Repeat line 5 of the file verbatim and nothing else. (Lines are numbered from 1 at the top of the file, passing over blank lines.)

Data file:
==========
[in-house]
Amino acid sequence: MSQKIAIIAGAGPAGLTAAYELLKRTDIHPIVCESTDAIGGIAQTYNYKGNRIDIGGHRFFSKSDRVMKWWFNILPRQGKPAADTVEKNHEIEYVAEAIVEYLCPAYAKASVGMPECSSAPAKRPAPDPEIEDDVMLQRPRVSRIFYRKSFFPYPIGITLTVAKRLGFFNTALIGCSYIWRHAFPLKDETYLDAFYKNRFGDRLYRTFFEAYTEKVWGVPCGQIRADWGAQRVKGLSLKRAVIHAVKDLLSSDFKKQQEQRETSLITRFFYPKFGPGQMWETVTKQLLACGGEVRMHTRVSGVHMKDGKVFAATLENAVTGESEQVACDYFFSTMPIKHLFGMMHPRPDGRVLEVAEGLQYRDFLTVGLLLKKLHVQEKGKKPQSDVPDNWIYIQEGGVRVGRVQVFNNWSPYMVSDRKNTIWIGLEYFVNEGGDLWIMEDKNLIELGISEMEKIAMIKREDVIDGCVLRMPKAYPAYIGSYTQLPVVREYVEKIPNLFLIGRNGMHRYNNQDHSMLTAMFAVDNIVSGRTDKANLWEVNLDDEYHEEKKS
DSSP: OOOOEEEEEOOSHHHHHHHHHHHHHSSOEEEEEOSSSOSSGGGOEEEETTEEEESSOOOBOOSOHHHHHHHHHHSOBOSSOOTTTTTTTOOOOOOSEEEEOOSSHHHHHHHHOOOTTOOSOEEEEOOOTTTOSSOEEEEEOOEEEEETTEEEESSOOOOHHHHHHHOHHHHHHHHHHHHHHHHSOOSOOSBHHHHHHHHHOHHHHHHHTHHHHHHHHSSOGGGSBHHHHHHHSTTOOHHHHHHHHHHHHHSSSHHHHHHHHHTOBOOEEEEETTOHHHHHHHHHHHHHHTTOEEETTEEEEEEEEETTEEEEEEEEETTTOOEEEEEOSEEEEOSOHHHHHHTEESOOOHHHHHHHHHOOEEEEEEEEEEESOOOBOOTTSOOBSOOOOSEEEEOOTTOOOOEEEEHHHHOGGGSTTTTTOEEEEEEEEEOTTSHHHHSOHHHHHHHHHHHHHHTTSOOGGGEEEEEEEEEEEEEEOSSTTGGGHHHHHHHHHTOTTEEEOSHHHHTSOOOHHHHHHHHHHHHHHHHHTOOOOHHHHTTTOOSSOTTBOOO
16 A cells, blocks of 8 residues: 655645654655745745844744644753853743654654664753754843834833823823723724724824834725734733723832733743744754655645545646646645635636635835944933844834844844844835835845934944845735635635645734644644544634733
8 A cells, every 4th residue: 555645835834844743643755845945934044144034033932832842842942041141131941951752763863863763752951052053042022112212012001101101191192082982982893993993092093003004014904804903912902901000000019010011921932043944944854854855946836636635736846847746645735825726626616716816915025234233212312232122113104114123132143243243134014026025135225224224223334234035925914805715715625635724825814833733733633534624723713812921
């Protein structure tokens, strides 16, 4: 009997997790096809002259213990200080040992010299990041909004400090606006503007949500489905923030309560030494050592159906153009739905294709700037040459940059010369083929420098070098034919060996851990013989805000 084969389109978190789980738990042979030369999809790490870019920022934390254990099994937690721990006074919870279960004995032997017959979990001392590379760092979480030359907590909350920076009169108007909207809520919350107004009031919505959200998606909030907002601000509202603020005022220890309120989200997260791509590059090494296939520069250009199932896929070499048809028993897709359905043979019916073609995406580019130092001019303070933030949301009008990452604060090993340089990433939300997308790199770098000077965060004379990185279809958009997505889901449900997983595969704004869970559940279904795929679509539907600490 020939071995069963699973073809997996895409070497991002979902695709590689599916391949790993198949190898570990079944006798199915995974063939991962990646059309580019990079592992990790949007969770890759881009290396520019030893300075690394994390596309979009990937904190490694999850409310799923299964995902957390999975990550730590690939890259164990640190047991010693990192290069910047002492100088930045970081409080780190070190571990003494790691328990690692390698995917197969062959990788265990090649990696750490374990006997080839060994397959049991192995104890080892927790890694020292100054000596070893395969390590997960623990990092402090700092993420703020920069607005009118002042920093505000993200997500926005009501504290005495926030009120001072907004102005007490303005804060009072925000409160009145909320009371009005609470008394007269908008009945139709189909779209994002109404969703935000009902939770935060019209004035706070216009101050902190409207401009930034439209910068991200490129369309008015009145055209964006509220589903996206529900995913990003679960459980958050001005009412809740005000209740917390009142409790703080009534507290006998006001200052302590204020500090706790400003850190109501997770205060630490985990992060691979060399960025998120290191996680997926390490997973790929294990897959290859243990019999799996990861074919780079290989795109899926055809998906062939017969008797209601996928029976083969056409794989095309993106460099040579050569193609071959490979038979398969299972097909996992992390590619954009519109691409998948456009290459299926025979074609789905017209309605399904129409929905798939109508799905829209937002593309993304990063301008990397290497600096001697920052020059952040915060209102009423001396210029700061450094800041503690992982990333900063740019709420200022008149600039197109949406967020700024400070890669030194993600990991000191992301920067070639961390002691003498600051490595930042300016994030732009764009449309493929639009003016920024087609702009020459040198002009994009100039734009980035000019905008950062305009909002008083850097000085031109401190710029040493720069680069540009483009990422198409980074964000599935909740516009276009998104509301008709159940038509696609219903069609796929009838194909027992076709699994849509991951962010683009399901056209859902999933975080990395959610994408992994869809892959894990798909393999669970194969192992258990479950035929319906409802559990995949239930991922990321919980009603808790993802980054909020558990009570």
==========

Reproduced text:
8 A cells, every 4th residue: 555645835834844743643755845945934044144034033932832842842942041141131941951752763863863763752951052053042022112212012001101101191192082982982893993993092093003004014904804903912902901000000019010011921932043944944854854855946836636635736846847746645735825726626616716816915025234233212312232122113104114123132143243243134014026025135225224224223334234035925914805715715625635724825814833733733633534624723713812921